Compliance

Credibility Of Swiss Regulatory System Called Into Question

Osmond Plummer, Geneva, 3 March 2009

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It was a short honeymoon. On 1 January 2009 the new Swiss regulator FINMA took over the roles of the Swiss Banking Commission, the Federal Office for Insurance and the Money Laundering authority.

The new body has to regulate activities that produce some 12 per cent of Swiss GDP. To do this FINMA has some 300 staff with a budget of SFr95 million (about $81 million). Ninety people are responsible for the surveillance of some 260 insurance entities, 80 people review 337 banks and 5,794 authorities funds, and some 60 people are responsible for the three local exchanges. This, it has now been noticed, seems rather a low ratio of staff to institutions.

Excuses are made, for example that the number of employees is not so important as their quality - and it is also true that a number of the tasks that FINMA undertakes are delegated to the big four audit firms and some large law firms, but the lack of clear oversight and the mishmash of 11 self-regulatory organisations for the 6,869 independent financial intermediaries is beginning to look less than prudent.

One of the results of this structure is that the authorities are “very tolerant of the large banks and very intolerant of the small ones” according to Hans Geiger, a professor at the Swiss Banking Institute. There has long been a muttered suspicion amongst the smaller players that the large Swiss banks were not subject to the same oversight as the smaller concerns and this now seems to be coming to the surface.

There has also been a considerable amount of criticism to the effect that FINMA has not censured any senior member of UBS’s board or management over its recent problems in the US. FINMA's report states blandly that there is no evidence that senior management knew what was going on.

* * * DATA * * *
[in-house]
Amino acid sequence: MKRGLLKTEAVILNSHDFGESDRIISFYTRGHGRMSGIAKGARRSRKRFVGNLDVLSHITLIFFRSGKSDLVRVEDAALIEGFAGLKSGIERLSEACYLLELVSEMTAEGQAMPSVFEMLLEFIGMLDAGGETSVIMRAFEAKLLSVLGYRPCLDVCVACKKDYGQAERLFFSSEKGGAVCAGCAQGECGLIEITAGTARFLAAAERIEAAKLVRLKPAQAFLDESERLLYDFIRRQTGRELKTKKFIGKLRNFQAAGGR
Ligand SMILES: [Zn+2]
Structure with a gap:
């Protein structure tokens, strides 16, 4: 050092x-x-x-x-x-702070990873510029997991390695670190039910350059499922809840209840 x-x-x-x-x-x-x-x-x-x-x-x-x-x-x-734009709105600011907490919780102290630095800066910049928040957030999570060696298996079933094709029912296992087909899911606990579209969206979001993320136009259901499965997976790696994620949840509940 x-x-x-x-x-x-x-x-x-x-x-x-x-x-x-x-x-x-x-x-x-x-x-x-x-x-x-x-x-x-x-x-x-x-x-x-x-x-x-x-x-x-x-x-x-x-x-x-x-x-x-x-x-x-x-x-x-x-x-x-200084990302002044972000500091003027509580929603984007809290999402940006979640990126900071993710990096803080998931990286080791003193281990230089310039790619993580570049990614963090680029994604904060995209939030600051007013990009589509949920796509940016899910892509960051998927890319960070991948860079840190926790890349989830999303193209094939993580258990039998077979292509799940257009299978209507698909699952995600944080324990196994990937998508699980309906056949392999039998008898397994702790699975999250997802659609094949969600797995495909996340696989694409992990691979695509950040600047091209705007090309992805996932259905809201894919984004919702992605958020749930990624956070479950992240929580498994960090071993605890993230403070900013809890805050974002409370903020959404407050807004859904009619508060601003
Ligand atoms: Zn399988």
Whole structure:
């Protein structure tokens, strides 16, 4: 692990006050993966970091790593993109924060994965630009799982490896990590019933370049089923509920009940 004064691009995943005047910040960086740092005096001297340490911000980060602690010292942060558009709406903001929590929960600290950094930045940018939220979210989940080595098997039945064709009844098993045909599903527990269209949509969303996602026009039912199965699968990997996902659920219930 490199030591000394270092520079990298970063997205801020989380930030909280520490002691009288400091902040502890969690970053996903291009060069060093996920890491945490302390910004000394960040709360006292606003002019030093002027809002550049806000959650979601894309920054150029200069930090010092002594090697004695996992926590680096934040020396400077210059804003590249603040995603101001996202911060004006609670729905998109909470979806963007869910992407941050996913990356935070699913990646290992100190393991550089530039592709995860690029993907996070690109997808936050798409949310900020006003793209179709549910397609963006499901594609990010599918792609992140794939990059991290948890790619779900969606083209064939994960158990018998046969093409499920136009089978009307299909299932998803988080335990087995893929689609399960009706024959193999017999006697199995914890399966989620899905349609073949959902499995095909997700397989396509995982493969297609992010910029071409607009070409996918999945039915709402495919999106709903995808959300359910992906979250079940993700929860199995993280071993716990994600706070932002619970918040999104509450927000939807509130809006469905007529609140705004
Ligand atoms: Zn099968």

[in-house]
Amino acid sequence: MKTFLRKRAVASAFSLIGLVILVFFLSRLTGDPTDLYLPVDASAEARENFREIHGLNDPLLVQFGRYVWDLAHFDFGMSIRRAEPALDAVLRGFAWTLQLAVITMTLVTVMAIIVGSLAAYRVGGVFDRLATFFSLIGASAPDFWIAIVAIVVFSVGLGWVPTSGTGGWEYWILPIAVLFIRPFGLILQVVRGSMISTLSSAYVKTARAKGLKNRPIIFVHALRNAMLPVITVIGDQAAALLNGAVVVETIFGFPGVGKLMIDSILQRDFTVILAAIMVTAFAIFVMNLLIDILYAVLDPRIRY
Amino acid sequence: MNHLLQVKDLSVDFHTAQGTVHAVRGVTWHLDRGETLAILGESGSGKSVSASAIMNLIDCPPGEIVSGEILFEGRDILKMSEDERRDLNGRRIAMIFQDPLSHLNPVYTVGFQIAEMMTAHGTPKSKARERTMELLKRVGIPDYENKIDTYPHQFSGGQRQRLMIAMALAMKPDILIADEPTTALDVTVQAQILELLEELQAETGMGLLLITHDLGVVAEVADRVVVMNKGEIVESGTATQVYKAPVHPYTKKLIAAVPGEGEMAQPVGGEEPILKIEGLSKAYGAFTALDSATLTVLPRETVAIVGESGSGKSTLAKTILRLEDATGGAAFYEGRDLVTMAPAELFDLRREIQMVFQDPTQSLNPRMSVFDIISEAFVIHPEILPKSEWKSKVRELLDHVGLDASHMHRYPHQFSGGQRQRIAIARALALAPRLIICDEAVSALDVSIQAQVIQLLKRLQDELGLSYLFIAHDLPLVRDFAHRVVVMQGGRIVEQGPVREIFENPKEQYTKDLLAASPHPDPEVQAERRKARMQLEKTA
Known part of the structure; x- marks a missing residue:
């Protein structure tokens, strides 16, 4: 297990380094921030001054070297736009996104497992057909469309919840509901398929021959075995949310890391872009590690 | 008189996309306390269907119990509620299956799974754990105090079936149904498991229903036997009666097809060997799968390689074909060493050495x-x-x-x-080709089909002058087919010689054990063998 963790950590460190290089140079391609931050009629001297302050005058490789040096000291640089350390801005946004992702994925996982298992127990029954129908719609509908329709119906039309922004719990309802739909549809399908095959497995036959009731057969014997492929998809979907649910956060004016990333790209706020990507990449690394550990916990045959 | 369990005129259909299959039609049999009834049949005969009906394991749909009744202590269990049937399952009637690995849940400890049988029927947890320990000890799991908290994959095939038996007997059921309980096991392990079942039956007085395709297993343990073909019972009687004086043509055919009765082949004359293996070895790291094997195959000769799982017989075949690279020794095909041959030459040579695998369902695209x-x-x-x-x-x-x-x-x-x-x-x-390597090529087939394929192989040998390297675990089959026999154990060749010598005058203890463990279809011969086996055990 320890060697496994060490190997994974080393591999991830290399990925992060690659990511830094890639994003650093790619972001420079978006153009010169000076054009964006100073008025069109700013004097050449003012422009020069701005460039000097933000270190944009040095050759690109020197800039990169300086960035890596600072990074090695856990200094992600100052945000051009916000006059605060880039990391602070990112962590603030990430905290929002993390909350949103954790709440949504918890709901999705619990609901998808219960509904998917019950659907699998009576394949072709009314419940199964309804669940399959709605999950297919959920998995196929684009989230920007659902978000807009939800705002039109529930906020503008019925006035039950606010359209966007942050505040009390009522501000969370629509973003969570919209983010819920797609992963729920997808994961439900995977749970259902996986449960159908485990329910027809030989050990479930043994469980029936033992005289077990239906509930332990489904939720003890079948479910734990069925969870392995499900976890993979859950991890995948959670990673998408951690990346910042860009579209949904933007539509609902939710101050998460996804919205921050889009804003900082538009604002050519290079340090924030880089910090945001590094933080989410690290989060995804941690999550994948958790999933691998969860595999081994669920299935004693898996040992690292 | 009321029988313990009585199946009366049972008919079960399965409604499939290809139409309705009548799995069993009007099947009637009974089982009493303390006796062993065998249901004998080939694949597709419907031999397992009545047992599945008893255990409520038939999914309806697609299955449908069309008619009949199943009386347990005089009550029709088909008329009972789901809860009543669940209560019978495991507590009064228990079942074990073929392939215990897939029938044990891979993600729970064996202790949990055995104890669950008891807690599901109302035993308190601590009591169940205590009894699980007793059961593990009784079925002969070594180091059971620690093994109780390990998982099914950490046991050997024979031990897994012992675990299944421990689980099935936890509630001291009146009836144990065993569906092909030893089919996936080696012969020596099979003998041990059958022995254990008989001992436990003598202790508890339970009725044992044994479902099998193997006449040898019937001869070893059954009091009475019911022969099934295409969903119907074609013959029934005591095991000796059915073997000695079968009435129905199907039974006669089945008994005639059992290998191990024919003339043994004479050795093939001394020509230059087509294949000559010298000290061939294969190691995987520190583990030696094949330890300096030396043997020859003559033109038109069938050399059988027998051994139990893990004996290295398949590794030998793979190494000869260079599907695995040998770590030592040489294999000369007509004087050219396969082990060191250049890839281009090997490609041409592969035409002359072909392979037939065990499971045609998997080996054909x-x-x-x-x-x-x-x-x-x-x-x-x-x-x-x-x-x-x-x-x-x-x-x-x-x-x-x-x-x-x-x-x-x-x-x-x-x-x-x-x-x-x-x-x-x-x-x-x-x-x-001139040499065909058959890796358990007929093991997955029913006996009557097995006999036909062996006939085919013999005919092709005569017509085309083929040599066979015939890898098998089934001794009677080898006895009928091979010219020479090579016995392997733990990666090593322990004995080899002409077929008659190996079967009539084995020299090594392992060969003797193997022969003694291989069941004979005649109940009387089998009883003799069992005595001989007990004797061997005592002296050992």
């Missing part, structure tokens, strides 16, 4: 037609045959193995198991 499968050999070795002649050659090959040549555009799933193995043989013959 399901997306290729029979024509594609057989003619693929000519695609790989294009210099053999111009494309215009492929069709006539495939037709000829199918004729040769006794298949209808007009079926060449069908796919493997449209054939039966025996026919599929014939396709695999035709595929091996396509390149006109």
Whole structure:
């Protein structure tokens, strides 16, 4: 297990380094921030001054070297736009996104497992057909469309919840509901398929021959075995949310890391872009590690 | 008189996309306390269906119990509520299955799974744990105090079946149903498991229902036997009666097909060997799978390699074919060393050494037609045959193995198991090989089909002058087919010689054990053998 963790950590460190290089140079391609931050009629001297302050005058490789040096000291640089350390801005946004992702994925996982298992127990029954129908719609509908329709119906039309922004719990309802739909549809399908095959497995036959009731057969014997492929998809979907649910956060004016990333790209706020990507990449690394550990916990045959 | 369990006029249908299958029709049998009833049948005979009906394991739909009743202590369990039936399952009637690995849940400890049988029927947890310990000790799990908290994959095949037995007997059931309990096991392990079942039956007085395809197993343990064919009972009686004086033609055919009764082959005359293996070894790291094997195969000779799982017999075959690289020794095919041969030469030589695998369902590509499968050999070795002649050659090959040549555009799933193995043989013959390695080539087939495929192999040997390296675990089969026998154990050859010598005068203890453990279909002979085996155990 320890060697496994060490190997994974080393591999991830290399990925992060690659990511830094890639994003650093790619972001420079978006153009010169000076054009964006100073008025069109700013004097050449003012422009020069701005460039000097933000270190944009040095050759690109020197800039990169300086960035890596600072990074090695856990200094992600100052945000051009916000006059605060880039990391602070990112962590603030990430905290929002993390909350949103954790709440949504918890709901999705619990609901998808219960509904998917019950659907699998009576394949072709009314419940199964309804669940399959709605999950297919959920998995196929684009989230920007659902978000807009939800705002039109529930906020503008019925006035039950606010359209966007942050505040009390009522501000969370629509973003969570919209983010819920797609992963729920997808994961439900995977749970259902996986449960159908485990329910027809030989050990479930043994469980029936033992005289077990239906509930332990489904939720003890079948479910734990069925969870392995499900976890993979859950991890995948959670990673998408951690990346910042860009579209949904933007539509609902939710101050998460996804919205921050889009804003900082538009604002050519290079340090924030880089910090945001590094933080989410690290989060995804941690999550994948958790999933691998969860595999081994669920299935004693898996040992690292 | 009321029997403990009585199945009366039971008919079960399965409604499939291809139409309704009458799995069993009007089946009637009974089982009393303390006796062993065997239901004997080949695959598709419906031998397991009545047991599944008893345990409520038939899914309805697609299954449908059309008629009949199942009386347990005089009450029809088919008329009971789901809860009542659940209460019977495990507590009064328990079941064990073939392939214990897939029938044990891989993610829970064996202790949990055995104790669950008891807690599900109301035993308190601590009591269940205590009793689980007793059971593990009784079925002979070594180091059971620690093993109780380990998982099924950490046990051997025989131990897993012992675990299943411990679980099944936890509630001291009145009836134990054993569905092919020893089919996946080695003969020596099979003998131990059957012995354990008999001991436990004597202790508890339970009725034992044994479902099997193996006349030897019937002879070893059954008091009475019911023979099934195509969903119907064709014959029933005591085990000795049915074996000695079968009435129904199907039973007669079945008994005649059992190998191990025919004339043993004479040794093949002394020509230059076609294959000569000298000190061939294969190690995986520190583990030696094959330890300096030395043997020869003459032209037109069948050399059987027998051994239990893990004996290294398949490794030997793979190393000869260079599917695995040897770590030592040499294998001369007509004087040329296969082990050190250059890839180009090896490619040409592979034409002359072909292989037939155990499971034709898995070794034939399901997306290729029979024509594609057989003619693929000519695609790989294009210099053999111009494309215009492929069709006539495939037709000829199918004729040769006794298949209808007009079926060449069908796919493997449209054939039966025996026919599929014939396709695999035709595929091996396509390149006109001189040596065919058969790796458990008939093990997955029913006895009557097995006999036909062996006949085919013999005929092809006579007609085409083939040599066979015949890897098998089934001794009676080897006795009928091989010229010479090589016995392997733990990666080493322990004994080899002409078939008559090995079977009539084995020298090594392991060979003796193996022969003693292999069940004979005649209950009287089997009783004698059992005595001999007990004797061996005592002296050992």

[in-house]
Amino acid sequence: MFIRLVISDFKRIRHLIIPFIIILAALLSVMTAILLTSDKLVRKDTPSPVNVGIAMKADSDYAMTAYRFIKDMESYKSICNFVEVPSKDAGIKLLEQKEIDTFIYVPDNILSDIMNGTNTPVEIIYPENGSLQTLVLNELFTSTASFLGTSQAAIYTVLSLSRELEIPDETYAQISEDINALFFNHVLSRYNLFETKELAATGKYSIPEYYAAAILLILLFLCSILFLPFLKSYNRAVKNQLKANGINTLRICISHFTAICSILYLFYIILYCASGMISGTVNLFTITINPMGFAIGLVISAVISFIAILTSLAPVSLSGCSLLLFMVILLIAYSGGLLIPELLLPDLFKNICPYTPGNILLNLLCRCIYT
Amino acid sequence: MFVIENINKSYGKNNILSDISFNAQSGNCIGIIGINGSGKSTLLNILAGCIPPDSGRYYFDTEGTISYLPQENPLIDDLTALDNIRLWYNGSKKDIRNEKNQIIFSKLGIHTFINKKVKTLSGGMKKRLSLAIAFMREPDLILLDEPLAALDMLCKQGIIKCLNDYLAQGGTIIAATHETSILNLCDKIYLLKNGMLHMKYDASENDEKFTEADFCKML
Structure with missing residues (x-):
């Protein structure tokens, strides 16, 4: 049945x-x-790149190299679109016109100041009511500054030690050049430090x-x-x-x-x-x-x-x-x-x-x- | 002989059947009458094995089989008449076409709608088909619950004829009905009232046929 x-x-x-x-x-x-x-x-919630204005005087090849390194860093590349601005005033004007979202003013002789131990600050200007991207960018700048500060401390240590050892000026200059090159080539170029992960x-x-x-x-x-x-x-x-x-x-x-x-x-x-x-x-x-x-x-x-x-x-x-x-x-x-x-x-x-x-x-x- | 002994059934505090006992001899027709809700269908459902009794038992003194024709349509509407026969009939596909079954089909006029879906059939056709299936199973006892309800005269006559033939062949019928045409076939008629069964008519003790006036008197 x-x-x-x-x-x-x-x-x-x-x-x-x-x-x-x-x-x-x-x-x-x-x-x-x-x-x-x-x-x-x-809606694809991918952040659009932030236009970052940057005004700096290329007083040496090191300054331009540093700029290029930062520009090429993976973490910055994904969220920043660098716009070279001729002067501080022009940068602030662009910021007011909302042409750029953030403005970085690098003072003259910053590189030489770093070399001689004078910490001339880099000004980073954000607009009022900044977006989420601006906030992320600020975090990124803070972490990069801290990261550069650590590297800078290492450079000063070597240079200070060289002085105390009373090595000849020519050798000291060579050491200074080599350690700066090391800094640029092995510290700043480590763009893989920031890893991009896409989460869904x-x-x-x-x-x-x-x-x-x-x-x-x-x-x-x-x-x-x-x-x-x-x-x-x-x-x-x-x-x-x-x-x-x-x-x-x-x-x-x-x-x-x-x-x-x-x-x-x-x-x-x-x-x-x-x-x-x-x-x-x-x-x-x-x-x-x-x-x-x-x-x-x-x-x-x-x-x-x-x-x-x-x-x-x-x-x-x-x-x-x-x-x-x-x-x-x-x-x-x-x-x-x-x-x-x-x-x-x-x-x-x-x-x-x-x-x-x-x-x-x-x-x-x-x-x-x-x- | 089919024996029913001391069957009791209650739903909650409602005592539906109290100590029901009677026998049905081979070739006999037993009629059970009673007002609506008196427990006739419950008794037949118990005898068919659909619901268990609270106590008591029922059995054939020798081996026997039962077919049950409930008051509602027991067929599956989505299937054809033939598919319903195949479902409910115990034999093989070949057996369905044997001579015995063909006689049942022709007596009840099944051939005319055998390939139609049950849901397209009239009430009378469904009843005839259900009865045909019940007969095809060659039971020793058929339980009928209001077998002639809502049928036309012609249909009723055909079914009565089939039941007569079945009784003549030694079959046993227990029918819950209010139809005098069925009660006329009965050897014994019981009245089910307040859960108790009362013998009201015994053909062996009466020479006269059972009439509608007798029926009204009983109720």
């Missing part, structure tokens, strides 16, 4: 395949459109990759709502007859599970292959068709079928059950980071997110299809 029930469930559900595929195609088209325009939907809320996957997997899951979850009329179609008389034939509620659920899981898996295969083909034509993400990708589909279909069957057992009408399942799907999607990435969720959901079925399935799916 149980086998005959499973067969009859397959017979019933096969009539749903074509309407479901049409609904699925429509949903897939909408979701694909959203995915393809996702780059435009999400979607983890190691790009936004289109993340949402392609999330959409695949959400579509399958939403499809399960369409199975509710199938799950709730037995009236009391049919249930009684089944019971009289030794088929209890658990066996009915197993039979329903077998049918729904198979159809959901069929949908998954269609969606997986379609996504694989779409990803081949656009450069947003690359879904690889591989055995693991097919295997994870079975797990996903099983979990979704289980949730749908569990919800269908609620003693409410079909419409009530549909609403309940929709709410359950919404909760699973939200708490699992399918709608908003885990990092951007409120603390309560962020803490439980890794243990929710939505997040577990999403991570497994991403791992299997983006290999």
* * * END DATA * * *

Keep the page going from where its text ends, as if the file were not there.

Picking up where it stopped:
While one can agree that this may be the case, should not the regulator be asking why the board and the senior management did not know what UBS was doing in the US? Surely ignorance is no excuse when dealing with corporate governance?

There are now suggestions that the fact that Eugen Haltiner, president of FINMA, worked for UBS from 1973 to 2005 should have disqualified him from the position. Otto Stich, a past member of the federal council was quoted in local media over the weekend as saying “In order to exercise the function of president of FINMA objectively (the holder) should be at a healthy distance from the banks”.

One thing is also clear, but has yet to become a part of the debate in Switzerland. Some 7.7 million people live in a country that manages about one third of the world’s private wealth. There is no way that you can both do this and regulate what is going on, however much you delegate, if you are relying fundamentally on home-grown talent or self-regulation.   

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